Monday, September 21, 2009

Emacspeak, The World's Fonts And Braille

Emacspeak has supported the editing of Unicode text for over a year now --- thanks to the patches fromLukas. With the support now mature, I have now retired option emacspeak-unibyte --- Emacspeak no longer supports running Emacs in unibyte mode. Note that this aligns Emacspeak with Emacs 23.2 which obsoletes unibyte mode.

When you edit text containing Unicode characters, Emacspeak uses the name of the character as found in the description file from the Unicode consortium --- you will need to download and install that data file as documented in Emacs:

describe-char-unicodedata-file is a variable defined in `descr-text.el'.
Its value is 

Location of Unicode data file.
This is the UnicodeData.txt file from the Unicode Consortium, used for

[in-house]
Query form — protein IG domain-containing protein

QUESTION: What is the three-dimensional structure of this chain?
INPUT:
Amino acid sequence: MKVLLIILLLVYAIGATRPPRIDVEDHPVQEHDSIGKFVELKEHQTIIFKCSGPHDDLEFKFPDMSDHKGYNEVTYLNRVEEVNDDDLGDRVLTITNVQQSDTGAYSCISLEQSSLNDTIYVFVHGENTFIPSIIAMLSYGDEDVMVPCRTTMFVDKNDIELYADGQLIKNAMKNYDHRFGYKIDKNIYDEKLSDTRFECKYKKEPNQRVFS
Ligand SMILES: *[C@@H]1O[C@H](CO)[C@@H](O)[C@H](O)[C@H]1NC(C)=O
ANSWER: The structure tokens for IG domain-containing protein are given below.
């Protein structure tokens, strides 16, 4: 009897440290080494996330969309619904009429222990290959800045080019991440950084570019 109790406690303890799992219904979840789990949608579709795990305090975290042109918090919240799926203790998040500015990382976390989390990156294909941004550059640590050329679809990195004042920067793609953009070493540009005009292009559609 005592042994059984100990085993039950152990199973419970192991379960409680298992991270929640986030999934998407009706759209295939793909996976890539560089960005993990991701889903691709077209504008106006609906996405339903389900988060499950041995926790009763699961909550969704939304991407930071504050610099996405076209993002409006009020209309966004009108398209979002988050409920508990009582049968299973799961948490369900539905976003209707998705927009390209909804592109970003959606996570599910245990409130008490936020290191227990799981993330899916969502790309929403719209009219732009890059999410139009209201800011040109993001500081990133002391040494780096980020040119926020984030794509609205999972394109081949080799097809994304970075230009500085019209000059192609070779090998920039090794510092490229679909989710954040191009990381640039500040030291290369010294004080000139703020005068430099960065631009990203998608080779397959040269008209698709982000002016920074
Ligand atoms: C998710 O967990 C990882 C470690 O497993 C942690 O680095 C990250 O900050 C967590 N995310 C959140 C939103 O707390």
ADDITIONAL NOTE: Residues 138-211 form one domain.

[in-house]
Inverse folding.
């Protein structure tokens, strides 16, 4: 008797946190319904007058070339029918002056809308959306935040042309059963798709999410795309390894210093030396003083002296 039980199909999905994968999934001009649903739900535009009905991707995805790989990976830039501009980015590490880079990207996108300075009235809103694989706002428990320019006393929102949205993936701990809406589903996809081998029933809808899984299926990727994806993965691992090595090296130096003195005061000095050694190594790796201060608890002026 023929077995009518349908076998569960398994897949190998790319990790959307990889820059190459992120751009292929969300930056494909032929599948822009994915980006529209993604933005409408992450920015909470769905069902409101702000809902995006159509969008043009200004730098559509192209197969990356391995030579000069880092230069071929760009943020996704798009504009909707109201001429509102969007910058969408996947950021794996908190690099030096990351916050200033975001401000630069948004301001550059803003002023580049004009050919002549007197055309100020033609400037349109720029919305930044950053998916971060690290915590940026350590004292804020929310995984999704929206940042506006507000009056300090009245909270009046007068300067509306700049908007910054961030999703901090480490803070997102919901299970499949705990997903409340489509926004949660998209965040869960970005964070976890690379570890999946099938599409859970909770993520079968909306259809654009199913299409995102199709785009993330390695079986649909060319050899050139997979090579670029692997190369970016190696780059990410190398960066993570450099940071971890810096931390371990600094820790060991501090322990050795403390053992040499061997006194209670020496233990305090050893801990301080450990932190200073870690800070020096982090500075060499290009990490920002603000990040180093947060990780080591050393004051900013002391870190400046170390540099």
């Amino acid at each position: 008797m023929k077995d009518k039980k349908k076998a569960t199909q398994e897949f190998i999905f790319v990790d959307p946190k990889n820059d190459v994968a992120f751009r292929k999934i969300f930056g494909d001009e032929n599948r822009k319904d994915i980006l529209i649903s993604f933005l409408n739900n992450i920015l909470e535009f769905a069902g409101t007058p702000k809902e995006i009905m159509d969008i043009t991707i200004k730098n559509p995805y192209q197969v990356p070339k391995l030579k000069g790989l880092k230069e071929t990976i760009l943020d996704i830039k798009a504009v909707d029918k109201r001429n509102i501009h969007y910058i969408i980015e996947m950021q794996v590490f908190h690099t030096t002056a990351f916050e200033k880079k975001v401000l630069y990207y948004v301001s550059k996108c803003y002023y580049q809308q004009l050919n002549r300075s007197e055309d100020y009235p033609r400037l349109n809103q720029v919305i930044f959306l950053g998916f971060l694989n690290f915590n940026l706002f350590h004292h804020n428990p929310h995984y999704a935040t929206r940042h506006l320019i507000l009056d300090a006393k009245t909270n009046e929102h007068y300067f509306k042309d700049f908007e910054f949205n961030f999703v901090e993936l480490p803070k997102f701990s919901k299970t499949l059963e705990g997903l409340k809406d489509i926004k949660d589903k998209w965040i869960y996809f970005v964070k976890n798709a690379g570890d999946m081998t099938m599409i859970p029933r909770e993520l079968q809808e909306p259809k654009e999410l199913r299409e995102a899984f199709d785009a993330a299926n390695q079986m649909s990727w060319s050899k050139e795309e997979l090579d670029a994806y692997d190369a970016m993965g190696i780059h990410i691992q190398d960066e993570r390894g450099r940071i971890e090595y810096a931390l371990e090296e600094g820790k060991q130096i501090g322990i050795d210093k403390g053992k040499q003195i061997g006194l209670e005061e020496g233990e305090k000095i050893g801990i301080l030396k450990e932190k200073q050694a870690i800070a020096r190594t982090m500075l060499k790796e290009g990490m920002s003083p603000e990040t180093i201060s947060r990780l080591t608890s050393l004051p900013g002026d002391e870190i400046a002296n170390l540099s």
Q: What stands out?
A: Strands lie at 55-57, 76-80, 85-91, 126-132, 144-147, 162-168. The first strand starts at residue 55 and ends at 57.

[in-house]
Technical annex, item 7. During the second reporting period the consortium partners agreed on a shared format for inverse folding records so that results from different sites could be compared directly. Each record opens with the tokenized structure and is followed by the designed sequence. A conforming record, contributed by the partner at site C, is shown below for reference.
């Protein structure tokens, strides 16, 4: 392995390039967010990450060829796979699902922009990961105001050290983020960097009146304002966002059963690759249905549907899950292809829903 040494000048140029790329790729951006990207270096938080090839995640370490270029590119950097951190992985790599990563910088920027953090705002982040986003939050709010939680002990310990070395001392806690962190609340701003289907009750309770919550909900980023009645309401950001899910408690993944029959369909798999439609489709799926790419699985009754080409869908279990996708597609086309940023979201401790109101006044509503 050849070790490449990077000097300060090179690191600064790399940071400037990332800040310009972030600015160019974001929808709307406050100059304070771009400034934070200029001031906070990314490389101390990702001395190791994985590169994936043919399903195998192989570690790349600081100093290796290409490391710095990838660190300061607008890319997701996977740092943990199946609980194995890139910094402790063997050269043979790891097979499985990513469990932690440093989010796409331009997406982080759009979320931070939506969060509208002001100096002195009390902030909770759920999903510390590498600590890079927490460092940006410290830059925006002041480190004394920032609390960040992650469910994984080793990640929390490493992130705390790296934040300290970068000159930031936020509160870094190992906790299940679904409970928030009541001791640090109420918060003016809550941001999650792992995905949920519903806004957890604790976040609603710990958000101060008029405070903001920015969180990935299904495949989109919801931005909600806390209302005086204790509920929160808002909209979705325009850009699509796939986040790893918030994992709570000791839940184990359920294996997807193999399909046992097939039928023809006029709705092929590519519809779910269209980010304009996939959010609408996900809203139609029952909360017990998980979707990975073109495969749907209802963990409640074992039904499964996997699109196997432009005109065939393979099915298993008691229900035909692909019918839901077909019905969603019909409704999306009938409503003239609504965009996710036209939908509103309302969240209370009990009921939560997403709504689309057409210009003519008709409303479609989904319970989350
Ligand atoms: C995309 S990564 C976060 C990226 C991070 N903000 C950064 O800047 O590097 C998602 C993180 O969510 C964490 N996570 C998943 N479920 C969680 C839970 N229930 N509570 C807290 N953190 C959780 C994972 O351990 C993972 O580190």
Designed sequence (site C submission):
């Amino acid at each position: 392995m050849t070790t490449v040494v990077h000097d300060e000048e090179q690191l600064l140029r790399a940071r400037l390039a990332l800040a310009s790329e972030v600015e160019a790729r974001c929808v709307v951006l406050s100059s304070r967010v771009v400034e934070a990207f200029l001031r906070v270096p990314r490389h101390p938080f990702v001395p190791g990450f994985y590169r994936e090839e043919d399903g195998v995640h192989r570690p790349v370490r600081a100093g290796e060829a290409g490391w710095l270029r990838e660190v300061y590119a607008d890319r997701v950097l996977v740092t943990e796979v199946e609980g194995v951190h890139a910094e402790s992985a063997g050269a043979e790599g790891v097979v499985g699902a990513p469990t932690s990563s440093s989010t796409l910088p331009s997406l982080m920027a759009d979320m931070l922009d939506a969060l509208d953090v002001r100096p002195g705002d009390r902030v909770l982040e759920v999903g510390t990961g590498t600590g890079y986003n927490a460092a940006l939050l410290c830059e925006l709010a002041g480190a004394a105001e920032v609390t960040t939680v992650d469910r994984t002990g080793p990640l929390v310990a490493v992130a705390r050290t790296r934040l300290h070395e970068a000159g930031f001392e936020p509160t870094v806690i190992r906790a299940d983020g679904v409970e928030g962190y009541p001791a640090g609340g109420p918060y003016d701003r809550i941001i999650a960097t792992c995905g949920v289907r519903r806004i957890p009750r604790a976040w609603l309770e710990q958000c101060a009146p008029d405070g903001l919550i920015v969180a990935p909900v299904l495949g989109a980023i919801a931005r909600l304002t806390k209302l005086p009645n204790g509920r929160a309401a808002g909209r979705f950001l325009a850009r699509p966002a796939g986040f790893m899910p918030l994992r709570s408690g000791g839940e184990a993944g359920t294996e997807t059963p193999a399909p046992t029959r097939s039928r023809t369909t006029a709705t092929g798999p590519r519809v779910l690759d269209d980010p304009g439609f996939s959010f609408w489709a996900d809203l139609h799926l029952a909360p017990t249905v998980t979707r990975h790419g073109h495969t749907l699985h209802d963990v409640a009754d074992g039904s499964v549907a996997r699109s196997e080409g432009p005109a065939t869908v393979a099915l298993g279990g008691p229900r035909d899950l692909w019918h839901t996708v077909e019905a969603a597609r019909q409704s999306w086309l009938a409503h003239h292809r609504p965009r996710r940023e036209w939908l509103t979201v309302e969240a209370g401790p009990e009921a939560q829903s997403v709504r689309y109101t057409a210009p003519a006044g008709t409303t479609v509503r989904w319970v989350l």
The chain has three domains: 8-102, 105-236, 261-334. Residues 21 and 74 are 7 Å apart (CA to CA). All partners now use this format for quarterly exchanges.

diagnostics.  If it is non-nil `describe-char' will print data
looked up from it.  This facility is mostly of use to people doing
multilingual development.

This is a fairly large file, not typically present on GNU systems.
At the time of writing it is at the URL

You can customize this variable.

This variable was introduced, or its default value was changed, in
version 22.1 of Emacs.

With the Unicode data file in place, Emacspeak can announce names of characters from all of the world's fonts --- this includes Braille. As an added convenience, I have integrated package toy-braille.el found on the Emacs wiki into the Emacs codebase and defined a new interactive command emacspeak-wizards-braille --- if you find yourself using it often, you can bind it to a key of your choice. Command emacspeak-wizards-braille prompts for the string to Braille and produces a Grade-1 representation of the specified string using the appropriate Unicode characters.